New deleteMany generated resolver?

Would be great to have a deleteMany like how we have createMany.

Can easily work around this by looping through a list and running delete on each item, but would be great to instead have a single atomic operation - either they all delete or none do.

1 Like

Hey Sam! Both deleteMany and updateMany are ones that we’re looking for the best way to handle. I’ll let you know as soon as we throw them in a sprint.

Quick question though, how would you like to see them handled from an error handling standpoint? For example, on deleteMany, if a record cannot be deleted should the entire transaction fail? What would a the graphQL response object look like? Love to hear your ideas!

Cool, updateMany was going to be my follow-up question.

Personally would prefer it to be atomic - either it all goes through or the whole thing gets rolled back.

If it’s not that then we can already replicate that pretty easily by looping through to make requests and then using Promise.all to handle them all.

Response object just the same as for the current ones (success/fail)?

1 Like

Thanks for the feedback @samwoolertonLW ! I’ve seen some funky examples where certain objects could go through and others return errors. It looked neat but felt wrong.

Yeah the response object could be either success: Boolean. However, there are a number of ways to think about updateMany as well. Check out this example.

mutation {
  userUpdateMany(filter: {
    email: {
      ends_with: "@smith.com" 
    }
  },
  data: {
    company: {
      connect: {
        name: "Smith, Inc."
      }
    }
  })
    count
    items {
      name
      email
    }
  }
}

Here we are saying that all record that match the filter, update their relationship with the same update. On the flip side, update many could be for many different updates in one batch.

mutation {
  userUpdateMany(data: [
    {
      id: "iw87g983gdq",
      name: "User's new name"
    },
    {
      id: "i379qd9739g397g",
      name: "Other User's new name"
    },
    {
      id: "7q39g8q6q86f86fq",
      phoneNumber: "+1-038-338-9276"
    },
  ])
    success
  }
}

Where here we are saying to update each of these records separately but in the same transaction.

Which one do you see as solving your use cases better?

1 Like

Those both look really useful!

My use-case is closer to the first, in that I have an array of IDs and want to a property to be the same for all of them. Not sure if that’s currently supported as a filter type but if not then that would be really handy too (filter if ID in this list of IDs)

1 Like

Got it. Just so you know, too, you can currently do an update many-ish command using aliases. Check out the following example - in case you haven’t tried it.

mutation {
  alias1: attendeeUpdate(data: {
    id: "ck24vm8it001l01i99z4r6vzj",
    name: "Jacob Jones"
  }) { ...attendeeFrag }
  
  alias2: attendeeUpdate(data: {
    id: "ck24vm8lk001n01i9b1qk1uul",
    name: "Tod Coffee"
  }) { ...attendeeFrag }
  
  anotherAlias: attendeeUpdate(data: {
    id: "ID_DOESNT_EXIST",
    name: "Tod Coffee"
  }) { ...attendeeFrag }
}

fragment attendeeFrag on Attendee {
  id
  name
  createdAt
}

In this example, all the updates are being sent in a single request, however since the last aliases ID doesn’t exist the returns an error EVEN THOUGH the other records updated successfully.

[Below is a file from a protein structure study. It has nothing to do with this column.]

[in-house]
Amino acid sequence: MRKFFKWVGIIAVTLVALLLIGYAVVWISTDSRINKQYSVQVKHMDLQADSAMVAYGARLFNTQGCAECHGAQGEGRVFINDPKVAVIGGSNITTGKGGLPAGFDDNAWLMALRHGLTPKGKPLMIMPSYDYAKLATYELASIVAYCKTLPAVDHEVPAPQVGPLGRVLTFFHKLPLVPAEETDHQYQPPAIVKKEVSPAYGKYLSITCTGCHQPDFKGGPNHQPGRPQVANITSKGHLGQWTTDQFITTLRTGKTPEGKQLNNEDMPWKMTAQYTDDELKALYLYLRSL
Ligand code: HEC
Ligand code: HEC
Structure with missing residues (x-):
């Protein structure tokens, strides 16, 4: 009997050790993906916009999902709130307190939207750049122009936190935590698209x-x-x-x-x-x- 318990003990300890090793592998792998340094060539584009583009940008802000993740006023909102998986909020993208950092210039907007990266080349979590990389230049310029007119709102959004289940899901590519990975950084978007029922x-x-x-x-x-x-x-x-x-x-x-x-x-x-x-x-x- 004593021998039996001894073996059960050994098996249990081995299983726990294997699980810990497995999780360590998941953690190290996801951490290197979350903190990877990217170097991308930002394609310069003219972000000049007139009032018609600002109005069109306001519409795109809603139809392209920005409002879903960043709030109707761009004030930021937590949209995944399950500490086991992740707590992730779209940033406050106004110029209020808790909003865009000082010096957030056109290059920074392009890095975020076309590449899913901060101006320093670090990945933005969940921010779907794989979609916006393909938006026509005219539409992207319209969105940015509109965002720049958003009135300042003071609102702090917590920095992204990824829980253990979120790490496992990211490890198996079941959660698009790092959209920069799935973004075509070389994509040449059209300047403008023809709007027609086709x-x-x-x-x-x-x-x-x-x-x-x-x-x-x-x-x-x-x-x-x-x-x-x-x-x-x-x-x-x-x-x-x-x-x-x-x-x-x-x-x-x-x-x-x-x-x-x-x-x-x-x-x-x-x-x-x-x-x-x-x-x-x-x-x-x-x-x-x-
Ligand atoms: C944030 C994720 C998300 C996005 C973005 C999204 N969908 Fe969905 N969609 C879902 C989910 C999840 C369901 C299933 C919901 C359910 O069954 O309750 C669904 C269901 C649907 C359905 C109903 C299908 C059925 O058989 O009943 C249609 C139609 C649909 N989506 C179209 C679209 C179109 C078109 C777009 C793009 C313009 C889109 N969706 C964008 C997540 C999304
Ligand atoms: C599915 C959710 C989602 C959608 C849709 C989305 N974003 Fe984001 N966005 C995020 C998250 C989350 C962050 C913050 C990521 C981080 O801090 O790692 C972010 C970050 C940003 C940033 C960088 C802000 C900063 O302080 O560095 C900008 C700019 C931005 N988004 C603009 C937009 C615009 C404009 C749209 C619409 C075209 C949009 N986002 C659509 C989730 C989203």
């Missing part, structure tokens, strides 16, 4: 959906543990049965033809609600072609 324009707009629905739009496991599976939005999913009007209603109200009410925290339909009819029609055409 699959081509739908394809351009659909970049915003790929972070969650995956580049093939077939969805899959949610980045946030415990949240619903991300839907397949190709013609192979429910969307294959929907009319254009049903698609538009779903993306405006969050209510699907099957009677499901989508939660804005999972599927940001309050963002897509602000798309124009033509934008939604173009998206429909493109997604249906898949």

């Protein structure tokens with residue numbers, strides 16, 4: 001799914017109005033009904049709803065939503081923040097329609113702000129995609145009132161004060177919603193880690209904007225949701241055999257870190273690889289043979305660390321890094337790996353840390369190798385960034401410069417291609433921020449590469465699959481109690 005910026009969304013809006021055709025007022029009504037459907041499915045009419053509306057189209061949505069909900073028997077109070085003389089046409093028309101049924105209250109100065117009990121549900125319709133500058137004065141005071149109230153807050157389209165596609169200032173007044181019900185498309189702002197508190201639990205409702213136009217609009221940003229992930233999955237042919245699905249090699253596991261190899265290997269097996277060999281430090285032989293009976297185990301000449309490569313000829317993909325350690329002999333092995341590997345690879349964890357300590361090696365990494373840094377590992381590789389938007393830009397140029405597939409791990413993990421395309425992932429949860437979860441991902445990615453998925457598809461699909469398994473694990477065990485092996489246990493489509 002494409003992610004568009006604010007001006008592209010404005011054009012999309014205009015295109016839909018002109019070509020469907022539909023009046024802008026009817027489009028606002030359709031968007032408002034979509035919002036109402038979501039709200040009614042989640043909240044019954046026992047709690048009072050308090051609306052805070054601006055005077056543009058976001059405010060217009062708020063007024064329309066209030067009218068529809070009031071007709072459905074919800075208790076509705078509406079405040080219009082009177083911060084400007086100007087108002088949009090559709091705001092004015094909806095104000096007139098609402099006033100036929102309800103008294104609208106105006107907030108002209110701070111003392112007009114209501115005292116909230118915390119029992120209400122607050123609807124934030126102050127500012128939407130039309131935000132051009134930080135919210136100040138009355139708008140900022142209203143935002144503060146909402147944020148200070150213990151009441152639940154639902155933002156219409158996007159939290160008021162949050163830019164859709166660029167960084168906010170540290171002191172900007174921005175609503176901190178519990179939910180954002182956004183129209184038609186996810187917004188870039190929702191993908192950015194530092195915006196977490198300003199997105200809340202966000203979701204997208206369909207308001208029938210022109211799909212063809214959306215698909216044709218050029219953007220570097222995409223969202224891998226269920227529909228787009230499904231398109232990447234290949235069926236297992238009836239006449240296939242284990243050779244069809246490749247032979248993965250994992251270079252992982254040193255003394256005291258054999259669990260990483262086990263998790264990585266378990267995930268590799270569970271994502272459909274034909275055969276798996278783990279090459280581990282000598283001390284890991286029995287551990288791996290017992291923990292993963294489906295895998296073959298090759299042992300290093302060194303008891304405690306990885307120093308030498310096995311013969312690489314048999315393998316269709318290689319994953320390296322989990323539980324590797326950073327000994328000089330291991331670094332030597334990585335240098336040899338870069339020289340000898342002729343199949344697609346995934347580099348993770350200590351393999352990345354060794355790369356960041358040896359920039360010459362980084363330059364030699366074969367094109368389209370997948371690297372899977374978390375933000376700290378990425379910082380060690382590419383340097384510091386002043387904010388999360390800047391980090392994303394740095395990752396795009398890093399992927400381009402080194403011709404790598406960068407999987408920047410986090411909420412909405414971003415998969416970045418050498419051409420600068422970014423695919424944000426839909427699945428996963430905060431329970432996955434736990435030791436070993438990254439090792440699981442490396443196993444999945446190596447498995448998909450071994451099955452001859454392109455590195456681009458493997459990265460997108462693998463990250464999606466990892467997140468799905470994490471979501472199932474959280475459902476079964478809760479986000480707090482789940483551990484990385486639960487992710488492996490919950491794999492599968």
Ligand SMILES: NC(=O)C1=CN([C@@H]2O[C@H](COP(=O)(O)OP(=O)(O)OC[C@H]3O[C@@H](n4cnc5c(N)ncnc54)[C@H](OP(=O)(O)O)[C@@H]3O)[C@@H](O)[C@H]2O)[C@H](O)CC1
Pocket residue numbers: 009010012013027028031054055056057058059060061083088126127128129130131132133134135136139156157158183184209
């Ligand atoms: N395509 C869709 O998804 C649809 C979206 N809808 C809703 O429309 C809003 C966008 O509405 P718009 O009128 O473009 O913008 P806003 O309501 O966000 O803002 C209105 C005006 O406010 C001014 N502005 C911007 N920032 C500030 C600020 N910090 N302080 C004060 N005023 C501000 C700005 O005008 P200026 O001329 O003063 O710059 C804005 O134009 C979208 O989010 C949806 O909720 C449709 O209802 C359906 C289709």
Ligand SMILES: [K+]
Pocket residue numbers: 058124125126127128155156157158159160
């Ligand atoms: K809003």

{
  "data": null,
  "errors": [
    {
      "message": "The request is invalid.",
      "locations": [
        {
          "line": 10,
          "column": 3
        }
      ],
      "path": [
        "anotherAlias"
      ],
      "code": "ValidationError",
      "details": {
        "id": "Record for current filter not found."
      }
    }
  ]
}

If I run the same mutation WITHOUT the missing item, it runs successfully and I get the following response.

{
  "data": {
    "alias1": {
      "id": "ck24vm8it001l01i99z4r6vzj",
      "name": "Jacob Jones",
      "createdAt": "2019-10-24T15:43:36.870Z"
    },
    "alias2": {
      "id": "ck24vm8lk001n01i9b1qk1uul",
      "name": "Tod Coffee",
      "createdAt": "2019-10-24T15:43:36.968Z"
    }
  }
}
2 Likes

That’s pretty cool, will keep it in mind thanks!
I need all to go through or none for my use-case but may be useful in future

This is really interesting.

I will soon be needing an updateMany, createMany and deleteMany as well.

My use case falls between these though.

I have ~3000 rows I need to update in one go every week. Each row will have a unique identifier that is not the ID.

The really tricky part is the new dataset may have records that did not exist in the previous week’s dataset.

So for me. If the entire request fails and gets rolled back if it’s trying to update an UID that doesn’t exist. That would force me to instead use either deleteMany + createMany to get my example to work, or first do a lookup and compare which 2900+ records i “can” update safely and then add a createMany for the remainder.

The “ideal” but possibly not best solution for 8base to handle for my useCase is that it updates the ones it can, and gives me an error with the information of the ones that failed, so after it “fails” the few, I can create the missing. But I do realize that’s kind of a “strange” way to handle it and in general for you guys it probably makes more sense to have the entire thing fail like Sam said.

(it would be really cool to have both options though, 1 mutation that fails the whole set, and 1 that just fails per row)

In the past I’ve had to loop and make a request for every single row to delete which OFTEN fails in GraphQL cause there’s just sooo many records and the request times out. This is incredibly annoying… So at least if there’s a deleteMany/createMany that can delete +3k records at once, that will be a dramatic improvement.